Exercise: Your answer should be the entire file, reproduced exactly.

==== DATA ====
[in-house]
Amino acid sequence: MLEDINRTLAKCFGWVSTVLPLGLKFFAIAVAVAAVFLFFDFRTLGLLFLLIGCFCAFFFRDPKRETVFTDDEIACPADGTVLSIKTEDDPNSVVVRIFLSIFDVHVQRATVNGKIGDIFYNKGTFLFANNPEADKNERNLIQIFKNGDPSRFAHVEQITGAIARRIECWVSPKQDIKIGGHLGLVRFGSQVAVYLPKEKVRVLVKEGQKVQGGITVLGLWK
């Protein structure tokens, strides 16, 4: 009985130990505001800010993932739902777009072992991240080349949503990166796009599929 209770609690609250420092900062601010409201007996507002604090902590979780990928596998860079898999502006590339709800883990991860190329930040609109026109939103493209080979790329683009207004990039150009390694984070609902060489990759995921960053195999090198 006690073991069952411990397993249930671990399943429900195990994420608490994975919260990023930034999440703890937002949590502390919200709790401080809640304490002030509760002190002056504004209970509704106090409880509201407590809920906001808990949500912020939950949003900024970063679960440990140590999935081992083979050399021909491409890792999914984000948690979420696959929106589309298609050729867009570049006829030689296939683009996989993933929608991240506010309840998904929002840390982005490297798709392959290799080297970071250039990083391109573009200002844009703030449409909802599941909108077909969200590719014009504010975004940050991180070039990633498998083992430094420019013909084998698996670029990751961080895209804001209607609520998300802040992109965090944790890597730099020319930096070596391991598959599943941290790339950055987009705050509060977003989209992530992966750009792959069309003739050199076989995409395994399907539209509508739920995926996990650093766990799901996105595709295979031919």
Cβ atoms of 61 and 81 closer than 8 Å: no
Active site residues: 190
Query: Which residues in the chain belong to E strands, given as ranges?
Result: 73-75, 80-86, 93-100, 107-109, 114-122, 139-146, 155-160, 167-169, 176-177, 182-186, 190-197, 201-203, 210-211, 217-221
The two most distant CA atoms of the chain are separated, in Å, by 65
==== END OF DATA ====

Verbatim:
[in-house]
Amino acid sequence: MLEDINRTLAKCFGWVSTVLPLGLKFFAIAVAVAAVFLFFDFRTLGLLFLLIGCFCAFFFRDPKRETVFTDDEIACPADGTVLSIKTEDDPNSVVVRIFLSIFDVHVQRATVNGKIGDIFYNKGTFLFANNPEADKNERNLIQIFKNGDPSRFAHVEQITGAIARRIECWVSPKQDIKIGGHLGLVRFGSQVAVYLPKEKVRVLVKEGQKVQGGITVLGLWK
């Protein structure tokens, strides 16, 4: 009985130990505001800010993932739902777009072992991240080349949503990166796009599929 209770609690609250420092900062601010409201007996507002604090902590979780990928596998860079898999502006590339709800883990991860190329930040609109026109939103493209080979790329683009207004990039150009390694984070609902060489990759995921960053195999090198 006690073991069952411990397993249930671990399943429900195990994420608490994975919260990023930034999440703890937002949590502390919200709790401080809640304490002030509760002190002056504004209970509704106090409880509201407590809920906001808990949500912020939950949003900024970063679960440990140590999935081992083979050399021909491409890792999914984000948690979420696959929106589309298609050729867009570049006829030689296939683009996989993933929608991240506010309840998904929002840390982005490297798709392959290799080297970071250039990083391109573009200002844009703030449409909802599941909108077909969200590719014009504010975004940050991180070039990633498998083992430094420019013909084998698996670029990751961080895209804001209607609520998300802040992109965090944790890597730099020319930096070596391991598959599943941290790339950055987009705050509060977003989209992530992966750009792959069309003739050199076989995409395994399907539209509508739920995926996990650093766990799901996105595709295979031919």
Cβ atoms of 61 and 81 closer than 8 Å: no
Active site residues: 190
Query: Which residues in the chain belong to E strands, given as ranges?
Result: 73-75, 80-86, 93-100, 107-109, 114-122, 139-146, 155-160, 167-169, 176-177, 182-186, 190-197, 201-203, 210-211, 217-221
The two most distant CA atoms of the chain are separated, in Å, by 65